Arts@Night Poetry Reading

Arts@Night Poetry Reading

LaTasha N. Nevada Diggs (left) and Cara Benson, two poets with distinctive voices who have encouraged those without a voice to raise theirs with words, will read from their work at the UNH Bookstore on Wednesday, Feb. 27, at 6:30 p.m. The program is sponsored by the Department of English and Arts@UNH.    

Diggs, a writer, vocalist and sound artist, has been described by The New York Times as a “rich voiced wonder.”  She will read from her first collection, My Life as a Boy.

Diggs has released three chapbooks, Ichi-Ban, Ni-Ban and Manuel is Destroying My Bathroom, as well as an album, Television. Her work has appeared in Black Renaissance Noir, Nocturnes, Fence, Ploughshares, The Black Scholar, Jubilat, Tea Party magazine and Muck Works.

She and Greg Tate are the founders and editors of Coon Bidness/SO4 magazine. This spring, Diggs will be featured in “BLEED,” a performance conceived by Jason Moran and Alicia Hall Moran at the Whitney Biennial in Manhattan and at the St. Marks Poetry Project Spring Benefit with musicians Thurston Moore and John Zorn. She has read and performed her work at venues around the U.S. and in Europe, including Riker’s Island Women’s Correctional facility.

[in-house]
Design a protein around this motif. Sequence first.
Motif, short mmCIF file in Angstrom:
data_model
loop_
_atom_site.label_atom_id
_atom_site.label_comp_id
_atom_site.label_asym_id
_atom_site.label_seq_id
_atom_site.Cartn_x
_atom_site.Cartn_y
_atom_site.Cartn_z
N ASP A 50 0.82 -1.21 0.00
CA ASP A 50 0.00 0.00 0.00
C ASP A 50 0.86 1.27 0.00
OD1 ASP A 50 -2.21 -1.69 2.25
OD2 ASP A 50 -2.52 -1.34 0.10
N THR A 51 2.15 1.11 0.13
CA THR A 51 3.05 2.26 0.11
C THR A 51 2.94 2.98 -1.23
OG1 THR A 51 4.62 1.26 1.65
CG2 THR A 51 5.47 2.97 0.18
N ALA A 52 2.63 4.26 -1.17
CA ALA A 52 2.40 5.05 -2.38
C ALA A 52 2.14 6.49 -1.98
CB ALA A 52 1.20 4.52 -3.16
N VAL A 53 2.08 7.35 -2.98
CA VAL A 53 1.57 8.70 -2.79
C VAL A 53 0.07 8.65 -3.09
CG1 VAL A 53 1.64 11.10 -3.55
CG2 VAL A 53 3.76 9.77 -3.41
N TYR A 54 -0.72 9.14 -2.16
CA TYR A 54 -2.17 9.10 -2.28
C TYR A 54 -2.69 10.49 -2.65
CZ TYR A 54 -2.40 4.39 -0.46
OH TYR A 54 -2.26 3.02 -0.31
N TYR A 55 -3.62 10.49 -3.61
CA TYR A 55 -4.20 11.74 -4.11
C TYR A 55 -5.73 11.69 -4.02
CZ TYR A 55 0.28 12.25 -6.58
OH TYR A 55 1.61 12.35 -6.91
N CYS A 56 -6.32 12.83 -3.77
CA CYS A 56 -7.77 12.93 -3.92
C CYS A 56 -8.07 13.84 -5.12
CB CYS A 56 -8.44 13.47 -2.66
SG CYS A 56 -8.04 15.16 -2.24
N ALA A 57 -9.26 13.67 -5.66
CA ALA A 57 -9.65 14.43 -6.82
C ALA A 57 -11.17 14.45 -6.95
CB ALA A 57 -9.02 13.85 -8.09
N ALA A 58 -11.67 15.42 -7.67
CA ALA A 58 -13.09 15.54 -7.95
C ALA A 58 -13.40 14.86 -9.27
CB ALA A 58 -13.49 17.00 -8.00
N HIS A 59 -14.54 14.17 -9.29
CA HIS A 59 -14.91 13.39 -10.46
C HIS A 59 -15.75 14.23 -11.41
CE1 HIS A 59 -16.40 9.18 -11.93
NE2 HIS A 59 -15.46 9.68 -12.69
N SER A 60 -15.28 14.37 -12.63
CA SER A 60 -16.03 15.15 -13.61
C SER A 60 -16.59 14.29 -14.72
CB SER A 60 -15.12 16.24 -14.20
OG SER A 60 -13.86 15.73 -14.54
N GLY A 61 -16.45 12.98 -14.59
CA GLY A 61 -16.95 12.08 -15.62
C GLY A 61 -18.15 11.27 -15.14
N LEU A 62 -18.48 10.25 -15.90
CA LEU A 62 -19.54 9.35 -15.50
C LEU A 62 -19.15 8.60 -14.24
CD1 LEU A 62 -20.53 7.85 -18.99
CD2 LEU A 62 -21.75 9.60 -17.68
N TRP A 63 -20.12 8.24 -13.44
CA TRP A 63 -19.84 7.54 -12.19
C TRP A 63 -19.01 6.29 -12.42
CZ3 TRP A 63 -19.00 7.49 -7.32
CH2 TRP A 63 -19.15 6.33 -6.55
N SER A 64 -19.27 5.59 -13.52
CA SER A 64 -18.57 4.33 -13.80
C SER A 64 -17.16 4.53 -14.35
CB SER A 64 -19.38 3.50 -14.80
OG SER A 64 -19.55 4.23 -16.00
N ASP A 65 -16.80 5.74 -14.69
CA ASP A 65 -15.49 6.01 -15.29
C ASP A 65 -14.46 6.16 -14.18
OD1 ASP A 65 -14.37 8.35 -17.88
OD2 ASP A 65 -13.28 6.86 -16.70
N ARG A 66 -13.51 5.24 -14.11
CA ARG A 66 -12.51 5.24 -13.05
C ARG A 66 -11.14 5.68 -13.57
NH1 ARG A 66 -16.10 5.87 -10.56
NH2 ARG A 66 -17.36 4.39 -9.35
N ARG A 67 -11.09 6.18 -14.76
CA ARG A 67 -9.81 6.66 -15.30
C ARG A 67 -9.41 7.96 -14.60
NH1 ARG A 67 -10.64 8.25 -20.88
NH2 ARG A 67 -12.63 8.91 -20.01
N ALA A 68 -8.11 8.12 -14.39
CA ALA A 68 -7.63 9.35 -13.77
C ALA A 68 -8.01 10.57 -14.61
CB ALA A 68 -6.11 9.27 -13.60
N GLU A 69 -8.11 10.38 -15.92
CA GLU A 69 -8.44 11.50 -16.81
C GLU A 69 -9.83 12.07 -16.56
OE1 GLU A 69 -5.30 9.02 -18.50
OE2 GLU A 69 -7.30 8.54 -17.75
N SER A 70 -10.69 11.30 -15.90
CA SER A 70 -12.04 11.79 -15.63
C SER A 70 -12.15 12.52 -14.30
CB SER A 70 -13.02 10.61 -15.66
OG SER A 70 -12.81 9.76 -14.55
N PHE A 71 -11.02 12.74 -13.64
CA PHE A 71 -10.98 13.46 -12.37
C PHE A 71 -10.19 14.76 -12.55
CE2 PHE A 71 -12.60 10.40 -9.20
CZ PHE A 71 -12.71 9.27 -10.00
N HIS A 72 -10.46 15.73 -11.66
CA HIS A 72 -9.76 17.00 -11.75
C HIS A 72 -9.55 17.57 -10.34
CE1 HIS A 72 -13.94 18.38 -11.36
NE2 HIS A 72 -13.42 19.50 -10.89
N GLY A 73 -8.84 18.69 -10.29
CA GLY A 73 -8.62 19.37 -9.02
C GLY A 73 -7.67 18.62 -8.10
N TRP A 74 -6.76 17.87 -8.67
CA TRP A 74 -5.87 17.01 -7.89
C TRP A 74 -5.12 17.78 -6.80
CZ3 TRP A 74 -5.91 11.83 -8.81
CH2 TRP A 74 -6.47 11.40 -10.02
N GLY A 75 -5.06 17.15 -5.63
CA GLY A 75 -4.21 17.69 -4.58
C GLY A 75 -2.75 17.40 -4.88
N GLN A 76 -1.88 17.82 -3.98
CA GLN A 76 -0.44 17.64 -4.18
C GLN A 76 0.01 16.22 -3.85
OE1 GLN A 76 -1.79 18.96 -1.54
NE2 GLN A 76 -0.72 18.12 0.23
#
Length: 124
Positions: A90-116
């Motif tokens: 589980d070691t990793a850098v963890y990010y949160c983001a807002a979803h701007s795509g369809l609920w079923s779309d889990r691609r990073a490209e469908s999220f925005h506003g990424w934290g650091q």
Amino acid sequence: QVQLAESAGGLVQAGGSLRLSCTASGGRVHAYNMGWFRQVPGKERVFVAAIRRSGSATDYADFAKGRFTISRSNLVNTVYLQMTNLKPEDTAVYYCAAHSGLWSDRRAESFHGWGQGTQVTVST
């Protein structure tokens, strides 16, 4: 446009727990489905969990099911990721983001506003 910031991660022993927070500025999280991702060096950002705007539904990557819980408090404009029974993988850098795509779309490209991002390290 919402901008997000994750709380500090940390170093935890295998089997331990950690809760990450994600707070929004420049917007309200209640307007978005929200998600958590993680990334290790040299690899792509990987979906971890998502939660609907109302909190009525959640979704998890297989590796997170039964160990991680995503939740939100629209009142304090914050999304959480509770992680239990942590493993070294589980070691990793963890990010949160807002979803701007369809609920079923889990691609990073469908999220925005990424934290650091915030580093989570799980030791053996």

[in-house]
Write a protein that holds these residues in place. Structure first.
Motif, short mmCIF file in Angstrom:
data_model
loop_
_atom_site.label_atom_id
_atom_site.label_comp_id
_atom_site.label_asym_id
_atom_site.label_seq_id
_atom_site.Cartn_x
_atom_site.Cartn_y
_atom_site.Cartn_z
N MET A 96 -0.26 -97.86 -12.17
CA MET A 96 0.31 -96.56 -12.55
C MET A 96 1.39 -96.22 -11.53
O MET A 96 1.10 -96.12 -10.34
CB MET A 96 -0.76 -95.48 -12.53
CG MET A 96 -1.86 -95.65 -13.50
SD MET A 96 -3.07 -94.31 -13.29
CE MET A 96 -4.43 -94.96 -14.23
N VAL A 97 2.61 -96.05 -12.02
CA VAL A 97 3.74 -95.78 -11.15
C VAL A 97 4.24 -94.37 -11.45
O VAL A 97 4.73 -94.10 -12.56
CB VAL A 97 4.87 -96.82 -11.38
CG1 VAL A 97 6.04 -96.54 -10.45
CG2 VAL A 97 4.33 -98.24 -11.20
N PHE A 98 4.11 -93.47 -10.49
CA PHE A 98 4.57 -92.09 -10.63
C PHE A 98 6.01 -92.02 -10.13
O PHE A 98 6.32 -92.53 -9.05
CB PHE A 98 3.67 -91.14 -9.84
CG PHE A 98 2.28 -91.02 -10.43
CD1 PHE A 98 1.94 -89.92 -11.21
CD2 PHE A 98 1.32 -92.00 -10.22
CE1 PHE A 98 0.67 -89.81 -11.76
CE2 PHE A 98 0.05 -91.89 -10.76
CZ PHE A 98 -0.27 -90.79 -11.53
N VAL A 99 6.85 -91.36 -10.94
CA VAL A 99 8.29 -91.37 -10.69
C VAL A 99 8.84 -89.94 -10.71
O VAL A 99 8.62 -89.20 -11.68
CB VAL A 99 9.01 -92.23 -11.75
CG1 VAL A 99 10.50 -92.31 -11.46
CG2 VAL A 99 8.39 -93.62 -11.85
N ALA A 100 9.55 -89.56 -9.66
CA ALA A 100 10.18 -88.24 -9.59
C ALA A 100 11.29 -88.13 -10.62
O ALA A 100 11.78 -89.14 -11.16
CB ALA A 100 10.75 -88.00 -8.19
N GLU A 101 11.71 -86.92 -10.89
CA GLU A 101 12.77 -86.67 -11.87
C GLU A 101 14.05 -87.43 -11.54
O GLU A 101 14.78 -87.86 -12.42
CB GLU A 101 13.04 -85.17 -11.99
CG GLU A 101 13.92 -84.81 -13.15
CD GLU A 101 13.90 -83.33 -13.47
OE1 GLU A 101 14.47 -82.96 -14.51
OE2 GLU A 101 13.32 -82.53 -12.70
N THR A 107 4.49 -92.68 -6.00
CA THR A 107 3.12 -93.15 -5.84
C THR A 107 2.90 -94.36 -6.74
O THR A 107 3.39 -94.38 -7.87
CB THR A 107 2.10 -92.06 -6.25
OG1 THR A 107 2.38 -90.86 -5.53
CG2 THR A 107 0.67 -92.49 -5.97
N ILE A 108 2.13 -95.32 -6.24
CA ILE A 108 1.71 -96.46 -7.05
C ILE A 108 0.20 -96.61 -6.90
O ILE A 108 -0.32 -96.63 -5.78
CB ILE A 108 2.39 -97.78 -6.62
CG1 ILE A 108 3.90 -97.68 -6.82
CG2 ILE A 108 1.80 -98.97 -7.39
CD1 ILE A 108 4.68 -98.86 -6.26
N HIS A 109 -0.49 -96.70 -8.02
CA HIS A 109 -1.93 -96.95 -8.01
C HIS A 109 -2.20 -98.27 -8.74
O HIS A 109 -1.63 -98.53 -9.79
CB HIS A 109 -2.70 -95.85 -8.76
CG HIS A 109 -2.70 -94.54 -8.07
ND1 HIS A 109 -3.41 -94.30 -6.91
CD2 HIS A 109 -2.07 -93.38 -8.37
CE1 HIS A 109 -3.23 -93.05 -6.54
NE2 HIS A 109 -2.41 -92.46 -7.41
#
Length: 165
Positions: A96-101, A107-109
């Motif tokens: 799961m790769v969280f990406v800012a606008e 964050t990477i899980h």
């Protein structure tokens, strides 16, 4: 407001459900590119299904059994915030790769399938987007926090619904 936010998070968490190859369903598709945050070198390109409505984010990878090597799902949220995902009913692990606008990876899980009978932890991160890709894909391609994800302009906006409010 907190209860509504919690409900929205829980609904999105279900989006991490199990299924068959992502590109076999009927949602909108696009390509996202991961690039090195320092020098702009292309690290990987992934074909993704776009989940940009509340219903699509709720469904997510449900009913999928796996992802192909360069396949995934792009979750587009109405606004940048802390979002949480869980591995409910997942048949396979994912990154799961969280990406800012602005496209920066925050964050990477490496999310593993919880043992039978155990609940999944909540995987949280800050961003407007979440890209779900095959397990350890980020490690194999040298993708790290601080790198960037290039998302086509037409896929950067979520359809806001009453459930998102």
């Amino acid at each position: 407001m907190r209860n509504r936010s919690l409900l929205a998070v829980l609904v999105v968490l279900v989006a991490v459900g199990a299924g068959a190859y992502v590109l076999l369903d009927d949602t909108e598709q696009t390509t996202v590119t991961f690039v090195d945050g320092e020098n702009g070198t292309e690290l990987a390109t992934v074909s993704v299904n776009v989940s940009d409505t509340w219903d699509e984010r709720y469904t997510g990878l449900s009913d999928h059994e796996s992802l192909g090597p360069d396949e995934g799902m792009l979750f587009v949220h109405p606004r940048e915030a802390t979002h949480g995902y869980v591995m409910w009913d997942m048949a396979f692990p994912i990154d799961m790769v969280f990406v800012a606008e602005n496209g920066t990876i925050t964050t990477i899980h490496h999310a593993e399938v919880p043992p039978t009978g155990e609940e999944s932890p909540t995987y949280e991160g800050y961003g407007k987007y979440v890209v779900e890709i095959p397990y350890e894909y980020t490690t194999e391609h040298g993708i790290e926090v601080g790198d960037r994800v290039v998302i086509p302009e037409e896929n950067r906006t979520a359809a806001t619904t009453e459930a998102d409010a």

Randall Horton, assistant professor of English, said Diggs’ work lives “at the intersection of experimental and surprising. She does a lot with sound and music. We are very happy to have her read from her first collection.”

Benson will read from her forthcoming book, Funny. Considering How Heated it Was, as well as other works. Benson has been a visiting poet at New York State Writers Institute at SUNY-Albany, the University of Pennsylvania, Rhode Island School of Design and Skidmore College.

Benson’s work has appeared in publications including Best American Poetry, The New York Times, Boston Review and Fence. She has taught poetry and poetics in the New York state prison system since 2005 and is under contract to write a book on the class. She is on the Board of Trustees of the PEN Prison Writing Program. Horton called her “a tireless champion of poetry” who has helped countless people in the prison system find a voice through poetry.

Bookmark and Share Back to the Front Page